Forex Glossary (P-S)
When a number of exchange and /or deposit orders have to be fulfilled simultaneously.
(1) The nominal value of a security or instrument.
(2) The official value of a currency.
A term for USD FRF Spot Rate.
(1) Foreign exchange dealer's slang for your price is the correct market price.
(2) Official rates in terms of SDR or other pegging currency.
The value of one currency in terms of another.
A term used in the context of the European Monetary System which consists of the upper, central and lower intervention points between member currencies.
The date on which a dividend or bond interest payment is scheduled to be paid.
A system where a currency moves in line with another currency, some pegs are strict while others have bands of movement.
Foreign exchange reserves of oil producing nations arising from oil sales.
Philadelphia Stock Exchange (PHLX)
The oldest U.S. securities exchange which offers currency futures and options on currency futures.
See point (below).
(1) 100th part of a per cent, normally 10,000 of any spot rate. Movement of exchange rates are usually in terms of points.
(2) One percent on an interest rate e.g. from 8% -9%.
(3) Minimum fluctuation or smallest increment of price movement.
An option hedging strategy to protect long cash market positions.
The netted total commitments in a given currency. A position can be either flat or square (no exposure), long, (more currency bought than sold), or short (more currency sold than bought).
A clerk who assist the dealer in recording a dealers position and ensures that all deal tickets are completed and transferred to the back office or input into the books in a position keeping system.
The maximum position, either net long or net short, in one future or in all futures of one currency or instrument combined which may be held or controlled by one person.
Quoted standard periods that fall between the transaction date and the current spot value date.
(1) The amount by which a forward rate exceeds a spot rate.
(2) The amount by which the market price of a bond exceeds its par value.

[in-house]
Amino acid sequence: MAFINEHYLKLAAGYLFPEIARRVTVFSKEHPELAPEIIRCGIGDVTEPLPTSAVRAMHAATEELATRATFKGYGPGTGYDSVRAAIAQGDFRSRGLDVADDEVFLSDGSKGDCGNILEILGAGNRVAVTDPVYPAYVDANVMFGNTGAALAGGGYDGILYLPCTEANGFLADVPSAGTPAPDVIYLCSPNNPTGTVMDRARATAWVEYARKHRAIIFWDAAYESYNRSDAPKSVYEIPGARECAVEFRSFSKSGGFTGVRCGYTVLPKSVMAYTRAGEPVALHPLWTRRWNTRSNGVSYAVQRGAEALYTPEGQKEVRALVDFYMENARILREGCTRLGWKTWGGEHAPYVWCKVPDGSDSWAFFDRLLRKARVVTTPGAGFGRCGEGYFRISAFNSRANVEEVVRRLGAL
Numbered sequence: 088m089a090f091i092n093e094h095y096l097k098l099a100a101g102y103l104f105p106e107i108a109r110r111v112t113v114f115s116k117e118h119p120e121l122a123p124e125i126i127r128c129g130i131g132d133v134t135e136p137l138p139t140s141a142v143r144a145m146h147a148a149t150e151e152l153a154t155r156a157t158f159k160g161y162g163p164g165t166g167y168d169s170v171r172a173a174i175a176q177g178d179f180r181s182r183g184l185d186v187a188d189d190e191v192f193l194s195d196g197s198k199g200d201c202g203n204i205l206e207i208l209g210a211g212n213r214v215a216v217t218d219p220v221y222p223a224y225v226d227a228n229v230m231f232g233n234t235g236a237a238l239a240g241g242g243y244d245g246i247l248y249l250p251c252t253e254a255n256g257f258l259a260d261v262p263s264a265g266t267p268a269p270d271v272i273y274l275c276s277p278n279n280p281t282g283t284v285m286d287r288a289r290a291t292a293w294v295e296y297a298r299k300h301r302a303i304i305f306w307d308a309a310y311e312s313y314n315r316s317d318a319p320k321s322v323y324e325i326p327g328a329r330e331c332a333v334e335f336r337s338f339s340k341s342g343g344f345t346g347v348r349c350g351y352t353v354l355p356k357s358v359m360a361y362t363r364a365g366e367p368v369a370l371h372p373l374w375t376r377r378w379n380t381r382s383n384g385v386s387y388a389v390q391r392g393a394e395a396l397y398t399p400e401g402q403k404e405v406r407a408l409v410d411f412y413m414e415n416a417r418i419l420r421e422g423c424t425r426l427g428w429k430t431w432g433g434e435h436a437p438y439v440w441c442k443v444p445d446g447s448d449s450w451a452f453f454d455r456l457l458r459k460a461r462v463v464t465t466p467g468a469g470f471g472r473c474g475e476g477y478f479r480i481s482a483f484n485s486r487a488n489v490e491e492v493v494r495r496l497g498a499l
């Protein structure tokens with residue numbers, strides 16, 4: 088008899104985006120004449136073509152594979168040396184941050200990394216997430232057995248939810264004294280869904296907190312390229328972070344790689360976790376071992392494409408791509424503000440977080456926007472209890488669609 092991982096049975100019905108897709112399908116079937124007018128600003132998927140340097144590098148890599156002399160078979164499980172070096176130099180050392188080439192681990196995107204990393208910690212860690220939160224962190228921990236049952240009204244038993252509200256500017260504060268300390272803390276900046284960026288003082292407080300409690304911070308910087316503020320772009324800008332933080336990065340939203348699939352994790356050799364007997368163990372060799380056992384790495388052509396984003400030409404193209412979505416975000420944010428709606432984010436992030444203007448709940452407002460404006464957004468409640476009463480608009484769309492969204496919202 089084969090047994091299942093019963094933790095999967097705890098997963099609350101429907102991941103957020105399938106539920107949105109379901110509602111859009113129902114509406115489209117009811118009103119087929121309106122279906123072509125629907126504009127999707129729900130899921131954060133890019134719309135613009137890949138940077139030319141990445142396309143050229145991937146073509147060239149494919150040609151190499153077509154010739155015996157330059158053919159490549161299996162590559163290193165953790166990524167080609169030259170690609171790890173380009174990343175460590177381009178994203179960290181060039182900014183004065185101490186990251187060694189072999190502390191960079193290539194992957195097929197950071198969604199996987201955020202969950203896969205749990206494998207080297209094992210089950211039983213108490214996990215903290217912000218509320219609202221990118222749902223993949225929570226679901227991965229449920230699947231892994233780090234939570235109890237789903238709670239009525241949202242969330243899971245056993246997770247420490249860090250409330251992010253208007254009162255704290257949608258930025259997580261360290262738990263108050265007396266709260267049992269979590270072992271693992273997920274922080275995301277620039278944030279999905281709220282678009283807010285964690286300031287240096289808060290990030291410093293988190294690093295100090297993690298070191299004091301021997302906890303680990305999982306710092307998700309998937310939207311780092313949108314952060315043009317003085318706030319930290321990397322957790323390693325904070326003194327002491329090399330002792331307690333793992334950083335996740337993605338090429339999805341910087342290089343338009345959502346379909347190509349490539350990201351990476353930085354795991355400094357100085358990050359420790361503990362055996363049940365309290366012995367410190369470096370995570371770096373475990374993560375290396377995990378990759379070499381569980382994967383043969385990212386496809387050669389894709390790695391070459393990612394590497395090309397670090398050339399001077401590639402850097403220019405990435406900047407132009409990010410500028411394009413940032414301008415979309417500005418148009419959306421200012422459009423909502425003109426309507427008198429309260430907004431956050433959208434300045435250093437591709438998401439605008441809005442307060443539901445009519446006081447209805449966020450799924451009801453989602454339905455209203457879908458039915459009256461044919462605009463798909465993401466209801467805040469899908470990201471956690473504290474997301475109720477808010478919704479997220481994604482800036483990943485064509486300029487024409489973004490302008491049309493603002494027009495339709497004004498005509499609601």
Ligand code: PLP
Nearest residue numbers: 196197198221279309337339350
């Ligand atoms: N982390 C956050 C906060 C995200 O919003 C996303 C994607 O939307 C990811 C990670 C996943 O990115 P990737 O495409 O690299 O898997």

(3) Options, the price a put or call buyer must pay to a put or call seller for an option contract.
(4) The margin paid above the normal price level.
Gold related monetary reserves, being gold, SDR, etc.
(1) The rate from which lending rates by banks are calculated in the US.
(2) The rate of discount of prime bank bills in the UK.
A dealer who buys or sells stock for his/her own account.
Producer Price Index
An economic indicator which gauges the average changes on prices received by domestic producers for their output at all stages of processing.
A graphical representation of the profits to a given options strategy for different underlying asset prices.
The unwinding of a position to realise profits.
A term to describe when it is necessary to hedge against a currency where there is no market but it follows a major currency, the hedge is entered against the major currency.
Purchasing Power Parity
Model of exchange rate determination stating that the price of a good in one country should equal the price of the same good in another country, exchanged at the current rate. Also known as the law of one price.
A put option confers the right but not the obligation to sell currencies, instruments or futures at the option exercise price within a predetermined time period.
Put Call Parity
The equilibrium relationship between premiums of call and put options of the same strike and expiry.
The use of cash generated by positive variation margins on a futures position to increase the size of the position, each reinvestment in successively smaller increments.
(1) A limit on imports or exports.
(2) A country's subscription to the IMF.
An indicative price. The price quoted for information purposes but not to deal.
Random Walk Theory
An efficient market hypothesis, stating that prices move randomly versus their intrinsic value. Therefore, no one can forecast market activity based on the available information.
A recovery in price after a period of decline.
The difference between the highest and lowest price of a future recorded during a given trading session.
(1) The price of one currency in terms of another, normally against USD
(2) Assessment of the credit worthiness of an institution.
Buying a specific quantity of options and selling a larger quantity of out of the money options.
Ratio Calendar Spread
Selling more near-term options than longer maturity options at the same strike price.
A decline in prices following an advance.
A price, interest rate or statistic that has been adjusted to eliminate the effect of inflation.
Simultaneous and mutually co-ordinated re- and devaluation of the currencies of several countries. An activity that mostly refers to EMS activity.
A currency that is normally quoted as dollars per unit of currency rather than the normal quote method of units of currency per dollar. Sterling is the most common example.